The differences between counselors, therapists and psychologists can be confusing, and finding the right professional is essential to finding the right care. You may be looking for group therapy with your family, spouse, or peers, individual therapy to address obstacles in your life, or clinical therapy to address a disorder through medication. When it comes to counselors vs therapists, what’s the difference and which is best for you?

Counselor vs Therapist

Professionals who provide guidance, support, and treatment for mental, emotional, and behavioral disorders or obstacles are generally classified under three terms: counselors, therapists, and psychologists. Some of these terms are used interchangeably in conversation, though they are not technically the same. The biggest differences between counselors vs therapists are in their licenses, their patient makeup, and their approaches to treatment.

Since licensing and education significantly contribute to the differences between counselors vs therapists vs psychologists, their roles and definitions may vary from state to state. In Michigan, each professional’s unique role is best defined by the relevant regulatory body, such as the Michigan Board of Counseling (for counselors) or the Michigan Board of Marriage and Family Therapy (for therapists). Other states may have different definitions, and the scope of work or treatment may also differ.

It’s also important to keep in mind that counselors, therapists and psychologists specialize in treating different disorders and many use different approaches to treatment. It’s best to choose a professional who specializes in the disorder or obstacle that you are struggling with.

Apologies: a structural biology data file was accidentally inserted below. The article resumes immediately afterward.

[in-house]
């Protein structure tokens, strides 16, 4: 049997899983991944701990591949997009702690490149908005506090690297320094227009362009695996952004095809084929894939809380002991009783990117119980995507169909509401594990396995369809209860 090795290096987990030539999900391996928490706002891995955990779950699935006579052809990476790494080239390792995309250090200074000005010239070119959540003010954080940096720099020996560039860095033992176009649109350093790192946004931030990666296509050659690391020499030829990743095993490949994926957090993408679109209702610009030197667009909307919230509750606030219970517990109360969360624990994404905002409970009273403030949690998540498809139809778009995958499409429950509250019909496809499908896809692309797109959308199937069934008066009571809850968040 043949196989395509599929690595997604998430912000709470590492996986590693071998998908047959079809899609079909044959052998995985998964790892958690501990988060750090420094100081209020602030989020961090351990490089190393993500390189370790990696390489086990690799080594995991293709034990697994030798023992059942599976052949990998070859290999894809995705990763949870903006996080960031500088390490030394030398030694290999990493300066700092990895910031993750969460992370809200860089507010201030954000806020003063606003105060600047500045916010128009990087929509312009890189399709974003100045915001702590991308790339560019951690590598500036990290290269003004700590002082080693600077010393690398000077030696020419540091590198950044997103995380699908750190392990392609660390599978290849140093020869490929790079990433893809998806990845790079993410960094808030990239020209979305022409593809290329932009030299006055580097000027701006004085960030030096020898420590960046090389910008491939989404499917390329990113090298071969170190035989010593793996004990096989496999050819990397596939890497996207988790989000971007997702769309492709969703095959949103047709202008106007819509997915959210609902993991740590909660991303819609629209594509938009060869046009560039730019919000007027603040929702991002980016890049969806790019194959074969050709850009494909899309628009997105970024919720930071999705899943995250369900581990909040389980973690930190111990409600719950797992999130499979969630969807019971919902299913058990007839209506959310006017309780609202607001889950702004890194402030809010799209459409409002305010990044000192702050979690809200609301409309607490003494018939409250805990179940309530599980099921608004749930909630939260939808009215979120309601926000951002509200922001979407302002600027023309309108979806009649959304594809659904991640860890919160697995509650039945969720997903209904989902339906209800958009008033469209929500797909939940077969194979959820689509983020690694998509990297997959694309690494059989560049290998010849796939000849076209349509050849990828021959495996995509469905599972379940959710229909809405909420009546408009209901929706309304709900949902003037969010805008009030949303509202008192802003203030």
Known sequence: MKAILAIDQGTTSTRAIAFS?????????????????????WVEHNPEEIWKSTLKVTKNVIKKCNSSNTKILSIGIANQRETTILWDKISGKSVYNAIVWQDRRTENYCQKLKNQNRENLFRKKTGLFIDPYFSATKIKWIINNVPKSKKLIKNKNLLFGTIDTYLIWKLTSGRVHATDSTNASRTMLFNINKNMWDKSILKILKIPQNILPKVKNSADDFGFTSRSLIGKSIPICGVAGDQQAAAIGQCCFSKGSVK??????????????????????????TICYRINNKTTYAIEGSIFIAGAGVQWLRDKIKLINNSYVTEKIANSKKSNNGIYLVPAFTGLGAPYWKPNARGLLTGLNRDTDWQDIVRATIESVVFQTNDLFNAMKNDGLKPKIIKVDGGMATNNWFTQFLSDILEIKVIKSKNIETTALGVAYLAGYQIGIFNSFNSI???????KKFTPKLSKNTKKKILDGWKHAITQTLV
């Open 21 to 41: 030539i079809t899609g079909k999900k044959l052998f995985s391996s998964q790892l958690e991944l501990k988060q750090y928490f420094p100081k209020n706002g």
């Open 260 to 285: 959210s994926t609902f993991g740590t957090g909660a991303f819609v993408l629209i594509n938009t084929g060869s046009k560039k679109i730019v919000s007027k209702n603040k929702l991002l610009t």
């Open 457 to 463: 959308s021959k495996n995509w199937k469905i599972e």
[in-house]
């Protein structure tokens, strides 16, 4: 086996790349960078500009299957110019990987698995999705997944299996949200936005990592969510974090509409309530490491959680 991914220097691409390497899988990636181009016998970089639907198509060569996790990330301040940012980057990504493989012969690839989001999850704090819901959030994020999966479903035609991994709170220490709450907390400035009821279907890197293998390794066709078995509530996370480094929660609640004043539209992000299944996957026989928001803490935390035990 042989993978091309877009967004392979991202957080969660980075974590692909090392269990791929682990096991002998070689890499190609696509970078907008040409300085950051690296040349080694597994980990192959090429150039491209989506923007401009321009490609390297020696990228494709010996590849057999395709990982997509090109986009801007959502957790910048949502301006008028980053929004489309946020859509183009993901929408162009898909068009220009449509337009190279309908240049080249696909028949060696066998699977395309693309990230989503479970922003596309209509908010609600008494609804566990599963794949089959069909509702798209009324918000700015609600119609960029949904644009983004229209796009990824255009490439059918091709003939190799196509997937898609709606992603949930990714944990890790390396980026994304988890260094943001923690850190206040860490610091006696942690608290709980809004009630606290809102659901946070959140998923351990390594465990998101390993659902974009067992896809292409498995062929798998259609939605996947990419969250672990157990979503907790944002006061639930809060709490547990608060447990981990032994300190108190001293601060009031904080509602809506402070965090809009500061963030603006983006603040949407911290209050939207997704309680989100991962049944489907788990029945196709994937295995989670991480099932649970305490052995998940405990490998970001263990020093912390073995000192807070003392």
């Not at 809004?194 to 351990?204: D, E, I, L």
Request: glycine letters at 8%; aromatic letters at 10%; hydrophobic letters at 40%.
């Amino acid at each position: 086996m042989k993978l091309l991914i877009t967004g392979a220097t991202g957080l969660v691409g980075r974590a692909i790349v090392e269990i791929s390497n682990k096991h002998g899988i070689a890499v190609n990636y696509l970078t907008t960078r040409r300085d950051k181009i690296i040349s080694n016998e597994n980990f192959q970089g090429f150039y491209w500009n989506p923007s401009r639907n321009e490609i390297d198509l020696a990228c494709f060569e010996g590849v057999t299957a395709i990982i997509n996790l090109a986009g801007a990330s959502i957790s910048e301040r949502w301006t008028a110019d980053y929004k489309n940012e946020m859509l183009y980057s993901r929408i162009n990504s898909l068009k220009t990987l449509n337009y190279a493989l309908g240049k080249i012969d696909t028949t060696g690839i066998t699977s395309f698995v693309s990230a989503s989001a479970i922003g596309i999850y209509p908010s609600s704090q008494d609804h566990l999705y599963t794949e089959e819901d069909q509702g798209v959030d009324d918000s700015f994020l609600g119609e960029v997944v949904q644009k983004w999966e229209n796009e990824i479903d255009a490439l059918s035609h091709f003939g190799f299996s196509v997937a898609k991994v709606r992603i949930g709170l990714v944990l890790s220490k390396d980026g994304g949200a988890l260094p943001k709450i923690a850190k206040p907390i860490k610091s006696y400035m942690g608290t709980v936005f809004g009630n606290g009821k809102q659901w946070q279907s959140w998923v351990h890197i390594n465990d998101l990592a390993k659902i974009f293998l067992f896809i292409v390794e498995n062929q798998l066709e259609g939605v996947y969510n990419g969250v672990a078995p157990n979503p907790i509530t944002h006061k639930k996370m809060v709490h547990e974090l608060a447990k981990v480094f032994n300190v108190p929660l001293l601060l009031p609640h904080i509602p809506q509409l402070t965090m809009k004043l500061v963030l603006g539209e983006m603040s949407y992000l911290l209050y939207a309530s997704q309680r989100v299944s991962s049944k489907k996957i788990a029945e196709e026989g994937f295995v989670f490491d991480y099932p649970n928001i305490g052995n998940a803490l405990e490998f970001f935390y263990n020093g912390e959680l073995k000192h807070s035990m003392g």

Counselor vs Therapist: Who They Treat

Counselors

counselor vs therapist In Michigan, a counselor refers to a Licensed Professional Counselor (LPC). An LPC must have a master’s or doctoral degree in counseling, including classes in counseling techniques, counseling theories, group techniques, research, multicultural counseling, and more. These professionals can provide many types of therapy and work with individuals and groups. An LPC can obtain additional certifications to provide treatment for other disorders such as addiction treatment programs.

A counselor can treat any of the following issues, among others;

  • Family and marital problems
  • Substance abuse and addiction
  • Uncontrolled anger
  • Low self-esteem
  • Life transition obstacles
  • Depression
  • Anxiety
  • Loss and grief
  • Behavioral issues in children and teens

Therapists

In Michigan, a therapist may refer specifically to a marriage and family therapist, certified by the Michigan Board of Marriage and Family Therapy. Like counselors, marriage and family therapists must also obtain either a master’s or doctoral degree, however their studies focus more on family and group therapy and methodology.

A marriage and family therapist may provide;

  • Couples therapy
  • Marriage counseling
  • Family therapy for parents and children
  • Therapy for truant or struggling teens